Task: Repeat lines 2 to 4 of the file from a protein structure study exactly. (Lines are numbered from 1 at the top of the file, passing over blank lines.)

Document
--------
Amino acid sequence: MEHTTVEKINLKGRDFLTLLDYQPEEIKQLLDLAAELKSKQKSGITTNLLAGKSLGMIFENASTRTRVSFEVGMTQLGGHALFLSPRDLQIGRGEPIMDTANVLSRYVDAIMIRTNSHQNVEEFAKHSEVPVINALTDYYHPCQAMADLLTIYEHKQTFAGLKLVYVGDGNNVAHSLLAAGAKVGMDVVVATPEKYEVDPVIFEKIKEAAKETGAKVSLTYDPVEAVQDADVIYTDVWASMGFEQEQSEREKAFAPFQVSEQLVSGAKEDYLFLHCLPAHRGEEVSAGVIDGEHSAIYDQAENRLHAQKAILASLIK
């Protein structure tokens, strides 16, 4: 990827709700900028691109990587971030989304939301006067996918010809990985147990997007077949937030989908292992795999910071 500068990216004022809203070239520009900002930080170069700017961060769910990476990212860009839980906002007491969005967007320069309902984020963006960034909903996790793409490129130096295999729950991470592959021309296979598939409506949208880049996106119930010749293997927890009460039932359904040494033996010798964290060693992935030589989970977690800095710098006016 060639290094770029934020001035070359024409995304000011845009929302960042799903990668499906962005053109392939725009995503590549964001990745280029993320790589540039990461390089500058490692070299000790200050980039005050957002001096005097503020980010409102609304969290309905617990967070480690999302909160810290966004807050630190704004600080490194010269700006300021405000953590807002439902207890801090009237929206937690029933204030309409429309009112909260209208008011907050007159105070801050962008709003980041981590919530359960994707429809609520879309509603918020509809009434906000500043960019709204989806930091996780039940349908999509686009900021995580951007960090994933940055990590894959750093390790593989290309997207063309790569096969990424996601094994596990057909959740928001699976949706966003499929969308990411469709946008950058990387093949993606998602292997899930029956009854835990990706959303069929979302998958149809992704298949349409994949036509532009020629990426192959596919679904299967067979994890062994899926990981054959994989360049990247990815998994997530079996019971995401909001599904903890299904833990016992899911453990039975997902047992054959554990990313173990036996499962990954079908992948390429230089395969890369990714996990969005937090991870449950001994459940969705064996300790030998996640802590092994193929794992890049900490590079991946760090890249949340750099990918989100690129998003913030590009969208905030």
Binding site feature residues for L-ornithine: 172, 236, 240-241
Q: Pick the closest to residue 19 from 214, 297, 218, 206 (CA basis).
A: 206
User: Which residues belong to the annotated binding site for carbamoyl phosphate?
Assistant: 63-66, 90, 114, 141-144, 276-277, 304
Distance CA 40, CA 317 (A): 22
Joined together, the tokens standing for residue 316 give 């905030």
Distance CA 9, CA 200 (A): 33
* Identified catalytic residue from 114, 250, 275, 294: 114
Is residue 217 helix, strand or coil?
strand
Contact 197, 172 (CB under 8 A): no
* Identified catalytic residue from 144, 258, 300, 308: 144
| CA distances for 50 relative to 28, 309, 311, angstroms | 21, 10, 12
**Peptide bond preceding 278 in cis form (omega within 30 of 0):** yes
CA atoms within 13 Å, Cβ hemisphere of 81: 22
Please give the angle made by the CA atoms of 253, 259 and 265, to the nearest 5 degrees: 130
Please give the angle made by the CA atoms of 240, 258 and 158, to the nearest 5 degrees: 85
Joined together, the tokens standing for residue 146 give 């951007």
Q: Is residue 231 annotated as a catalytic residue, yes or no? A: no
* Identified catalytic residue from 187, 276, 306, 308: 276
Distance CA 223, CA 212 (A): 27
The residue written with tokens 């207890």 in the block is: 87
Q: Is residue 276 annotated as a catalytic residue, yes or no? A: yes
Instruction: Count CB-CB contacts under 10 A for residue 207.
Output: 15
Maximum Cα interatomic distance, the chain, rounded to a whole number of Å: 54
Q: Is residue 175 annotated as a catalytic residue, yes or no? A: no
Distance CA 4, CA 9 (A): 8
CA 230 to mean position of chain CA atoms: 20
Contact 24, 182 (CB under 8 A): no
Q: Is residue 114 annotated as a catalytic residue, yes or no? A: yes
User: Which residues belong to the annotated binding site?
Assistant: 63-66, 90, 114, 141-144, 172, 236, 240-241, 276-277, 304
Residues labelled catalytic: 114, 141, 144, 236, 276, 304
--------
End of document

């Protein structure tokens, strides 16, 4: 990827709700900028691109990587971030989304939301006067996918010809990985147990997007077949937030989908292992795999910071 500068990216004022809203070239520009900002930080170069700017961060769910990476990212860009839980906002007491969005967007320069309902984020963006960034909903996790793409490129130096295999729950991470592959021309296979598939409506949208880049996106119930010749293997927890009460039932359904040494033996010798964290060693992935030589989970977690800095710098006016 060639290094770029934020001035070359024409995304000011845009929302960042799903990668499906962005053109392939725009995503590549964001990745280029993320790589540039990461390089500058490692070299000790200050980039005050957002001096005097503020980010409102609304969290309905617990967070480690999302909160810290966004807050630190704004600080490194010269700006300021405000953590807002439902207890801090009237929206937690029933204030309409429309009112909260209208008011907050007159105070801050962008709003980041981590919530359960994707429809609520879309509603918020509809009434906000500043960019709204989806930091996780039940349908999509686009900021995580951007960090994933940055990590894959750093390790593989290309997207063309790569096969990424996601094994596990057909959740928001699976949706966003499929969308990411469709946008950058990387093949993606998602292997899930029956009854835990990706959303069929979302998958149809992704298949349409994949036509532009020629990426192959596919679904299967067979994890062994899926990981054959994989360049990247990815998994997530079996019971995401909001599904903890299904833990016992899911453990039975997902047992054959554990990313173990036996499962990954079908992948390429230089395969890369990714996990969005937090991870449950001994459940969705064996300790030998996640802590092994193929794992890049900490590079991946760090890249949340750099990918989100690129998003913030590009969208905030």
Binding site feature residues for L-ornithine: 172, 236, 240-241
Q: Pick the closest to residue 19 from 214, 297, 218, 206 (CA basis).